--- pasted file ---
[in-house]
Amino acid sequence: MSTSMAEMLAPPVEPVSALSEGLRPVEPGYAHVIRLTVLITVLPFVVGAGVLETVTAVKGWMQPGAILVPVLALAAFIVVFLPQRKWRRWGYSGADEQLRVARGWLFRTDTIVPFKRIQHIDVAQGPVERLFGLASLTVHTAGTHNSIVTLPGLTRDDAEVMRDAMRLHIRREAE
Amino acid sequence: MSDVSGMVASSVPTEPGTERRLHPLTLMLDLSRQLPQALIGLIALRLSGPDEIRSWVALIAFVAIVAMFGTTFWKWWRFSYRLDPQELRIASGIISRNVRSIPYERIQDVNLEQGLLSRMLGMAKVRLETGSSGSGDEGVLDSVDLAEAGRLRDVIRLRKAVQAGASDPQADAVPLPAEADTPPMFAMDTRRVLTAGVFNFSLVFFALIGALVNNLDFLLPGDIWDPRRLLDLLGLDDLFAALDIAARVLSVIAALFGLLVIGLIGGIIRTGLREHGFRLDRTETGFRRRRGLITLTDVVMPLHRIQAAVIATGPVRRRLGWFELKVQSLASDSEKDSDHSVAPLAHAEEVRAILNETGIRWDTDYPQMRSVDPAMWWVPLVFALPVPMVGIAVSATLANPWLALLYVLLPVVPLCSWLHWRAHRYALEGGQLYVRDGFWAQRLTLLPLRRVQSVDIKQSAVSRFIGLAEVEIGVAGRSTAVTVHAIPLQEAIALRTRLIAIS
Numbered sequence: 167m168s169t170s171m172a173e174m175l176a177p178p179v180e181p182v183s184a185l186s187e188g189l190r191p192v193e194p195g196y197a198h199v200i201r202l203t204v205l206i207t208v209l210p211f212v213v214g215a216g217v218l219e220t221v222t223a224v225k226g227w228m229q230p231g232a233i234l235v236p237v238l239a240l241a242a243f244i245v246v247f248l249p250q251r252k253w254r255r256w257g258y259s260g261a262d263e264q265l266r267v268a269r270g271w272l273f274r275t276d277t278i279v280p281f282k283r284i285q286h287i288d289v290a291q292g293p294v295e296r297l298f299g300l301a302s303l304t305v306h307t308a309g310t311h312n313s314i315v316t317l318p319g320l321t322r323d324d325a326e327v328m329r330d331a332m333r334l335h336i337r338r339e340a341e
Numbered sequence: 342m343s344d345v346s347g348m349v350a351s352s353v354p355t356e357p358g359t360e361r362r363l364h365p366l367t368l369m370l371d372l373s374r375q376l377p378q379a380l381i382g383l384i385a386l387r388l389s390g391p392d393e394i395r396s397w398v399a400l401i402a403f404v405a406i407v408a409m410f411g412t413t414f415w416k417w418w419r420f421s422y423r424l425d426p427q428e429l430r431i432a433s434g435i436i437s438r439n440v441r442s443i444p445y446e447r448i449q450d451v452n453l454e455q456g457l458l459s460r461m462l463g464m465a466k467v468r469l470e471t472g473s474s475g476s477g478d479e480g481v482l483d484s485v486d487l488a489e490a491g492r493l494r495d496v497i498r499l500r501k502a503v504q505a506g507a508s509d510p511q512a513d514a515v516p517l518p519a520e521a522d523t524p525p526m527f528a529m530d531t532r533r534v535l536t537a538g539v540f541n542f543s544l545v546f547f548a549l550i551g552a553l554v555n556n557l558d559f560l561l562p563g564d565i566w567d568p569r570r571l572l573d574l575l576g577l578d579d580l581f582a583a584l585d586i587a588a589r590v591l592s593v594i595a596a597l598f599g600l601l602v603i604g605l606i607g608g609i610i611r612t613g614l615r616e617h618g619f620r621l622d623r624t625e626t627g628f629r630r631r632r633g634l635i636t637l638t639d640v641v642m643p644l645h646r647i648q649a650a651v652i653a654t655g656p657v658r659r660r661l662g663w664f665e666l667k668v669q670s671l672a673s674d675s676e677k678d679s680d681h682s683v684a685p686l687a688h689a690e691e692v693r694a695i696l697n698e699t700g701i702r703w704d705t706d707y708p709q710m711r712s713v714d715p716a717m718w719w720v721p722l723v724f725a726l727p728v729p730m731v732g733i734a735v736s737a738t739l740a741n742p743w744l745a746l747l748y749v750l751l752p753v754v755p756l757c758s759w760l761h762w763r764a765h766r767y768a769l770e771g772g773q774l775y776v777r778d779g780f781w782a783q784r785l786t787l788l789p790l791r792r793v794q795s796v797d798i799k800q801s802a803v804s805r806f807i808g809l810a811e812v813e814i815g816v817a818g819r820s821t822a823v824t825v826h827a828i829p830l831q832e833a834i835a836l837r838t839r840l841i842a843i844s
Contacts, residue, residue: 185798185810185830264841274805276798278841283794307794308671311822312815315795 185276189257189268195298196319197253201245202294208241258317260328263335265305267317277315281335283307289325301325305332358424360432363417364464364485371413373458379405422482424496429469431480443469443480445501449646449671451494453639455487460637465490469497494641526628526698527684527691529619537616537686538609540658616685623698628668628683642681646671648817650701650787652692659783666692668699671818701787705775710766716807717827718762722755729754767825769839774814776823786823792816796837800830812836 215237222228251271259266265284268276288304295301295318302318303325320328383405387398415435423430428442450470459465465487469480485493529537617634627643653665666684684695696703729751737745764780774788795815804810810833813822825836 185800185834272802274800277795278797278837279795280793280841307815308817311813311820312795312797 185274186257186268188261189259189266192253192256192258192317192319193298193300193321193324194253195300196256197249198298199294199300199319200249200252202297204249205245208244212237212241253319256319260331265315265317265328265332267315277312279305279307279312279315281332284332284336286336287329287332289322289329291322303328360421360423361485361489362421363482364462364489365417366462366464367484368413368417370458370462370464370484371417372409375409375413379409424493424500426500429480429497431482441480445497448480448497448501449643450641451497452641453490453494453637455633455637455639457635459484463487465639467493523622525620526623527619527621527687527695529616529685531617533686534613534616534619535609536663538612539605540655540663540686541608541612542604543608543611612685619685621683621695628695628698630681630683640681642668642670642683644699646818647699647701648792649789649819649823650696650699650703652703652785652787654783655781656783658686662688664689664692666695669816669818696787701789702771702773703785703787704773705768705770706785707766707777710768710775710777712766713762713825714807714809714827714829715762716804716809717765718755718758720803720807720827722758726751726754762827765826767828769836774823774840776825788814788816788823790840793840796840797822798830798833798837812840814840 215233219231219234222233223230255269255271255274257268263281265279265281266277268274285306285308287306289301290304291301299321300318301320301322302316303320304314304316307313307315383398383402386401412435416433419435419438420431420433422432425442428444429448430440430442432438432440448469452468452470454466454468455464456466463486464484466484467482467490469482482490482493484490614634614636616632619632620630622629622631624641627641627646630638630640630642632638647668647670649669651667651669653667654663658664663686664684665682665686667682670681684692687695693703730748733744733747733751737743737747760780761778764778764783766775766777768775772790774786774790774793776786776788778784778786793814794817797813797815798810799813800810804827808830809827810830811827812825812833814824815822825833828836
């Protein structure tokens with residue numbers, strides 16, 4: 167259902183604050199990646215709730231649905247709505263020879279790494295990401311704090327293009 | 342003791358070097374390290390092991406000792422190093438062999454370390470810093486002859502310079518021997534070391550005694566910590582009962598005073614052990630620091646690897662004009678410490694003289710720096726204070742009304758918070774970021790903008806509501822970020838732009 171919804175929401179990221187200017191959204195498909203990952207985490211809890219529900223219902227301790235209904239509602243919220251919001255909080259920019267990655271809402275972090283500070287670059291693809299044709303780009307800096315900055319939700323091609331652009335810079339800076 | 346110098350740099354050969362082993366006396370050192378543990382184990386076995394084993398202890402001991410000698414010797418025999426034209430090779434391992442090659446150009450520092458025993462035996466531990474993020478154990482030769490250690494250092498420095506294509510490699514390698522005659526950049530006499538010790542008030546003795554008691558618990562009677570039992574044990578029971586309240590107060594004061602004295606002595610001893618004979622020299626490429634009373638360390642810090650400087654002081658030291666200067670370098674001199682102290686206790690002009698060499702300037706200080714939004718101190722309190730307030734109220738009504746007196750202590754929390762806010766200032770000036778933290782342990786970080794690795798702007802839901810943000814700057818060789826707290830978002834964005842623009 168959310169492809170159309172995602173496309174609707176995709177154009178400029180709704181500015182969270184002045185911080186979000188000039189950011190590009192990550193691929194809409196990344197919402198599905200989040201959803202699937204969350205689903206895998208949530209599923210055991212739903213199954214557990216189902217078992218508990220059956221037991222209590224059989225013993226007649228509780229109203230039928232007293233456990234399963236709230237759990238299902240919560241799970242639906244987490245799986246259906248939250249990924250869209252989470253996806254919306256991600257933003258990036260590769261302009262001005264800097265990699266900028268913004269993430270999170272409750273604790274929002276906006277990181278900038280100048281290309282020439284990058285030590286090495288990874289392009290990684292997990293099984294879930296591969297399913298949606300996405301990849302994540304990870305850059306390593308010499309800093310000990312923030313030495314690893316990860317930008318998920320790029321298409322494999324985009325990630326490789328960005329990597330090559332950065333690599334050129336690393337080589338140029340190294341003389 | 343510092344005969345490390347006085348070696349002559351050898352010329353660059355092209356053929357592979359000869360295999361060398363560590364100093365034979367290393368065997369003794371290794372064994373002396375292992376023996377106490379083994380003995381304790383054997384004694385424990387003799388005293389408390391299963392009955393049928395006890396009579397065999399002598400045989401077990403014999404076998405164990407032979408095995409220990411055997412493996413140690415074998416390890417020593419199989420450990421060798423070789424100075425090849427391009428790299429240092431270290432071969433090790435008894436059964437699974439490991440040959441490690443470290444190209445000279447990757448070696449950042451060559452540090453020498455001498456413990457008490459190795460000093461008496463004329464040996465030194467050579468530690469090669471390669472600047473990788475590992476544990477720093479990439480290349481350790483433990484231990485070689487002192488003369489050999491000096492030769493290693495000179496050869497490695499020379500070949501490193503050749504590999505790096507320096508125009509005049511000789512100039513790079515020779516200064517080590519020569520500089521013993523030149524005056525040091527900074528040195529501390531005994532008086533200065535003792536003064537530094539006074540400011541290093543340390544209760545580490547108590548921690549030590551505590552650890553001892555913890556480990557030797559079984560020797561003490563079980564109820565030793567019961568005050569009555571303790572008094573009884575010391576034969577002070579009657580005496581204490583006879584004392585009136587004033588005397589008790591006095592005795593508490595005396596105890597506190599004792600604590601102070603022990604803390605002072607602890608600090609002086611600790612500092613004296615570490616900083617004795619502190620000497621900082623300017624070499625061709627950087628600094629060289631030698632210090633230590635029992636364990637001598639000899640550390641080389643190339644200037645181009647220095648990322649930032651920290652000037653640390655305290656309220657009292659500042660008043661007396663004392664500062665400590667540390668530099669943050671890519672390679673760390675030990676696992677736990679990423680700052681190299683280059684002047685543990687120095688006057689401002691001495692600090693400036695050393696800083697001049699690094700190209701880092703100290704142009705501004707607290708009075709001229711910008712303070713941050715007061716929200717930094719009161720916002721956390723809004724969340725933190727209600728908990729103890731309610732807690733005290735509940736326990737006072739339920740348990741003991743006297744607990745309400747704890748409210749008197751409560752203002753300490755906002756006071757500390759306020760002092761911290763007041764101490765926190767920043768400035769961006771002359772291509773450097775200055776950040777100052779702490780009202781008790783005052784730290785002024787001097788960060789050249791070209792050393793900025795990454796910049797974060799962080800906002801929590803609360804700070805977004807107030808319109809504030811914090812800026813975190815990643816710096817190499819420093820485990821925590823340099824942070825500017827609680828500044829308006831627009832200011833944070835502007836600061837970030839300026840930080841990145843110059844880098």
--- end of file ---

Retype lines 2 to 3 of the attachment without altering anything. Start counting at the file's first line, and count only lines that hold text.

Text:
Amino acid sequence: MSTSMAEMLAPPVEPVSALSEGLRPVEPGYAHVIRLTVLITVLPFVVGAGVLETVTAVKGWMQPGAILVPVLALAAFIVVFLPQRKWRRWGYSGADEQLRVARGWLFRTDTIVPFKRIQHIDVAQGPVERLFGLASLTVHTAGTHNSIVTLPGLTRDDAEVMRDAMRLHIRREAE
Amino acid sequence: MSDVSGMVASSVPTEPGTERRLHPLTLMLDLSRQLPQALIGLIALRLSGPDEIRSWVALIAFVAIVAMFGTTFWKWWRFSYRLDPQELRIASGIISRNVRSIPYERIQDVNLEQGLLSRMLGMAKVRLETGSSGSGDEGVLDSVDLAEAGRLRDVIRLRKAVQAGASDPQADAVPLPAEADTPPMFAMDTRRVLTAGVFNFSLVFFALIGALVNNLDFLLPGDIWDPRRLLDLLGLDDLFAALDIAARVLSVIAALFGLLVIGLIGGIIRTGLREHGFRLDRTETGFRRRRGLITLTDVVMPLHRIQAAVIATGPVRRRLGWFELKVQSLASDSEKDSDHSVAPLAHAEEVRAILNETGIRWDTDYPQMRSVDPAMWWVPLVFALPVPMVGIAVSATLANPWLALLYVLLPVVPLCSWLHWRAHRYALEGGQLYVRDGFWAQRLTLLPLRRVQSVDIKQSAVSRFIGLAEVEIGVAGRSTAVTVHAIPLQEAIALRTRLIAIS